Are You Ruining Your Marriage With Your Pride?

Is Pride Creating Complications in Your Marriage?

The truth is that pride can get in the way of a happy marriage. Feeling worthy of respect is how Oxford describes pride. I imagine that your pride is as precious to you as mine is to me. Feel free to take away all of my material possessions, but just don’t try to take away my self-worth. To what extent do you routinely set aside your pride for the sake of your marriage? God condemns arrogance often throughout the Bible. His own son, Jesus, exemplifies true meekness.

Although divine, Jesus humbled Himself by taking on human form. His obedience and self-sacrifice culminated in death on the cross. Because of this, God has given Him the name that is greater than any other name. As stated in Philippians 2:6-9. Jesus sacrificed His honor in exchange for a far bigger and unrivaled boon.

By avoiding arrogance, we can bring untold good fortune into our partnerships. Granted, it’s not easy to cast aside one’s pride. It’s nerve-wracking and challenging. But. Countless benefits come as a result. However, pride can have a negative impact on a marriage. As the old adage says, “Pride leads to tumult, and an inflated sense of self to humiliation.” As the proverb goes (16:18),

The pride in your heart may be causing problems in your marriage, and here are six telltale indications.

  1. You Never Apologize to Your Spouse

Finally, I said, “Enough is enough!” As he reached for his keys, James exclaimed. An apology was the very minimum he expected from his wife. But Cathy didn’t say anything, just sat there clenching her teeth and wringing her hands, waiting for an apology. He was sick and tired of taking the blame for their arguments, and she was the one who started it. He started his car and took off quickly.

Marital discord is inevitable. But holding onto pride can be seen in the refusal ever to apologize to one’s partner. Your husband can’t be the only one with flaws, right? You will both wind up offending each other since it takes two to tango. In a healthy relationship, neither partner should feel that they have to make up for the other’s mistakes before they may do so. It won’t be long before they give up. It’s possible you’re fooling yourself into thinking you’re winning when, in fact, you’re losing. A growing sense of resentment is brewing inside of them.

  1. It’s Always Your Way or the Highway
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In 1 Corinthians 13:4-7, we read: “Love is patient and kind; love does not envy or boast; love is not boastful or rude. It doesn’t demand to be right and it doesn’t hold grudges. (I Corinthians 13:5, ESV)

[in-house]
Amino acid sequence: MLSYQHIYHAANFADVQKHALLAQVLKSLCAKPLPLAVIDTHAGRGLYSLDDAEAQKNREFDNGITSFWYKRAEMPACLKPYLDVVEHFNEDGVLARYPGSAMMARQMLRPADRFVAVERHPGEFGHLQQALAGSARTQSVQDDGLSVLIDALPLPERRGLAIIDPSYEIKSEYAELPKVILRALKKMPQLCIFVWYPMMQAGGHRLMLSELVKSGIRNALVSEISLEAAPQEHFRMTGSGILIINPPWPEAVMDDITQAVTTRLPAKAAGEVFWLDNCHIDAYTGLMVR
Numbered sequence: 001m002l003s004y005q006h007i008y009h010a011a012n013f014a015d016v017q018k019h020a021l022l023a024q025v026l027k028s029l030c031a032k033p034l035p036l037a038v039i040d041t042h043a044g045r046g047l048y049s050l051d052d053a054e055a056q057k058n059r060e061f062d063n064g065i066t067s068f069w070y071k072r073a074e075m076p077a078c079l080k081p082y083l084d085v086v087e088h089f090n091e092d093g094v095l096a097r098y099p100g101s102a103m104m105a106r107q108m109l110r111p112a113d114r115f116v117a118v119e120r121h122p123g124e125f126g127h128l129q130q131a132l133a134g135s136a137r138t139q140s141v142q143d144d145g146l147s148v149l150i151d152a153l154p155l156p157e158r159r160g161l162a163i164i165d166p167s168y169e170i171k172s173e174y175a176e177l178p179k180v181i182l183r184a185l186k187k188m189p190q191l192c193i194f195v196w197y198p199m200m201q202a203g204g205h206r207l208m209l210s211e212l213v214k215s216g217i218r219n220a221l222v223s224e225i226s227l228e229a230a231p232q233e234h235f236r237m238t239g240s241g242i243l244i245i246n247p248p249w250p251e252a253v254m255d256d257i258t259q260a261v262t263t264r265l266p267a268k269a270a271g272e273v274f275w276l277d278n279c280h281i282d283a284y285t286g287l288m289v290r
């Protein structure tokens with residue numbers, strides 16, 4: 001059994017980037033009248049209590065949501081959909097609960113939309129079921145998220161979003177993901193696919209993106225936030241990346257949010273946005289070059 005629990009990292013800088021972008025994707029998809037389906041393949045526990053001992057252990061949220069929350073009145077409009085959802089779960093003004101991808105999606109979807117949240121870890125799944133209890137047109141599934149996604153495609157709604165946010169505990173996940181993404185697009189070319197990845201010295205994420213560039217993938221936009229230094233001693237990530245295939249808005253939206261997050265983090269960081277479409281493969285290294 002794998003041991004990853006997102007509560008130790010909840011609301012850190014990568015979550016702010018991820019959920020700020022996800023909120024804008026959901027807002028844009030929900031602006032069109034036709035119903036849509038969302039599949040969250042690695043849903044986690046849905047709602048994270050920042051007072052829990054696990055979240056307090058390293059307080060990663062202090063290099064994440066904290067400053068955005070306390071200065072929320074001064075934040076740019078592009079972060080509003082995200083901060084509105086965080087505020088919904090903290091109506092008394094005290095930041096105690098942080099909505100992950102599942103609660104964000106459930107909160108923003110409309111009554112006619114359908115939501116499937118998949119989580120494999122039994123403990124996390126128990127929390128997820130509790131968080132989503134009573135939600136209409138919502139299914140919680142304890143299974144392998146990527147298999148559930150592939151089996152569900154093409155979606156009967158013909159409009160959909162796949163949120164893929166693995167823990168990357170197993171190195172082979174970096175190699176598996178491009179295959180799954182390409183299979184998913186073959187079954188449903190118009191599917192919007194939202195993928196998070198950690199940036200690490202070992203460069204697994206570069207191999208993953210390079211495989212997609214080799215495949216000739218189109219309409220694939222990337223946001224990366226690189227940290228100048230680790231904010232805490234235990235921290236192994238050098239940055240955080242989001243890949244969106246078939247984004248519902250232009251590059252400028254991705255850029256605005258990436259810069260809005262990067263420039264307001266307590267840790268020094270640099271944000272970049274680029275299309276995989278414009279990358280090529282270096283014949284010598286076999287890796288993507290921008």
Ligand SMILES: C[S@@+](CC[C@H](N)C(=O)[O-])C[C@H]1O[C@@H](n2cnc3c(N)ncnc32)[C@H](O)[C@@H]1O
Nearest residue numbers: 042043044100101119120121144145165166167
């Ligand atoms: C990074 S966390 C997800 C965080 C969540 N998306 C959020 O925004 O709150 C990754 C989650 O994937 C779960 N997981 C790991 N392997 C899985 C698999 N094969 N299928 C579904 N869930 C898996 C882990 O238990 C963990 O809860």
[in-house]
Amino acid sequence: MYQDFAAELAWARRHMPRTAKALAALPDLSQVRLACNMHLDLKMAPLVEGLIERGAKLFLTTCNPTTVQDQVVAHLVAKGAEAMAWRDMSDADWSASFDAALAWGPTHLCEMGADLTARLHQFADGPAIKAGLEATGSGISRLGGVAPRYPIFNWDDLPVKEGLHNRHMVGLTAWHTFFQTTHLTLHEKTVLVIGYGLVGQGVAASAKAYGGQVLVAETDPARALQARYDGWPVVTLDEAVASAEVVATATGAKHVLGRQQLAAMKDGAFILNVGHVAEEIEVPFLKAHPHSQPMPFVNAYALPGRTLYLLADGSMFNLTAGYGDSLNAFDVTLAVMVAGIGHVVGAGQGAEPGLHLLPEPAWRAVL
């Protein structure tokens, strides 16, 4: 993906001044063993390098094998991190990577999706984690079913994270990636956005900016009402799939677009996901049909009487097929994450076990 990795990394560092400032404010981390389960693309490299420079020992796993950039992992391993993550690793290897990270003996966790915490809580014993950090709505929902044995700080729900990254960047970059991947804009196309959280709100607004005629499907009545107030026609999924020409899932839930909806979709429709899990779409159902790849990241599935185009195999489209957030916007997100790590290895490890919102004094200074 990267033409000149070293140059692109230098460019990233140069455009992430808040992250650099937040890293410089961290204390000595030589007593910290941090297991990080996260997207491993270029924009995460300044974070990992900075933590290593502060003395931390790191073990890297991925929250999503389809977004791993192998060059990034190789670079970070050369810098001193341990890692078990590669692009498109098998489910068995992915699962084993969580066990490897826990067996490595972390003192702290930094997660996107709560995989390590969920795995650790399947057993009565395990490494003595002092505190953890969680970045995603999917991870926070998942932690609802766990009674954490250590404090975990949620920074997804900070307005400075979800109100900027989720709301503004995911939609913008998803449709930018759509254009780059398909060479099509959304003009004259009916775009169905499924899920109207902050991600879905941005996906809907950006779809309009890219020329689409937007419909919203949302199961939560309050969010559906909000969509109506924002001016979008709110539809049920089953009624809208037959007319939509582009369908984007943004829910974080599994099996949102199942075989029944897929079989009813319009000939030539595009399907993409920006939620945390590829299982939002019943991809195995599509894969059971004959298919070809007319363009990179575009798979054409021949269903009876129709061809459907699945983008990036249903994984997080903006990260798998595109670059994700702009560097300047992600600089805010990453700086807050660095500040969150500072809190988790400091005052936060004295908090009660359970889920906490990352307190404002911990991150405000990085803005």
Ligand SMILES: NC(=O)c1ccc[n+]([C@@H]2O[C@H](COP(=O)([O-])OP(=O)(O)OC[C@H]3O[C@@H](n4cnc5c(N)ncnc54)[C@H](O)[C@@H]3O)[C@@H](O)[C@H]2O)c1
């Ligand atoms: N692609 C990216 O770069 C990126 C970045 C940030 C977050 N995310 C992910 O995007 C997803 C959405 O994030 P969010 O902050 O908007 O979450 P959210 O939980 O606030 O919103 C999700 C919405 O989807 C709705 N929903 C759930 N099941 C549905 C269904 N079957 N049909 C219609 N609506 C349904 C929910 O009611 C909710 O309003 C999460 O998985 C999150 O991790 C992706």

When we brought our plump baby home from the hospital, I naturally expected that I would have the final say in how she was cared for. Before touching her, my spouse would need to have my approval. For instance, I had my doubts about his ability to burp her or give her a bath without dropping her. Surely I was the one who was born with a natural ability to care for and nurture young. When taking care of her, it was my way or the highway. In little time at all, my husband’s anger at my viewpoint was palpable. Being the biological father, he intended to participate fully in all aspects of raising our daughter.

Pride causes you to believe you are better than your partner in all aspects of your marriage. It’s because you have no faith in their ability to make sound decisions. Your partner will find such behavior quite offensive. After all, we’re betting that you married a responsible adult. They should be afforded the opportunity to voice their concerns and occasionally have their wishes followed. On top of that, no one person can claim to be the sole possessor of all knowledge. We know in part, according to Paul’s words (1 Corinthians 13:9).

Nothing should be done out of pride or haughtiness; rather, everyone should think highly of others and try to put themselves last. According to the Scriptures (Philippians 2:3)

God wants you to place your spouse’s needs ahead of your own. True love does not demand to always be right.

  1. You Can’t Handle Correction From Your Spouse

Friendship, like iron, may hone another person’s character. According to (Proverbs 27:17)

Your spouse has the clearest picture of your life because they are the closest to you. They will eventually learn your every weakness and strength like the back of their hand. This makes them the ideal people to assist you in polishing your rough edges. However, a proud partner will not accept criticism quietly. When their partner points out their shortcomings, they become defensive. When corrected, they take it as a personal attack.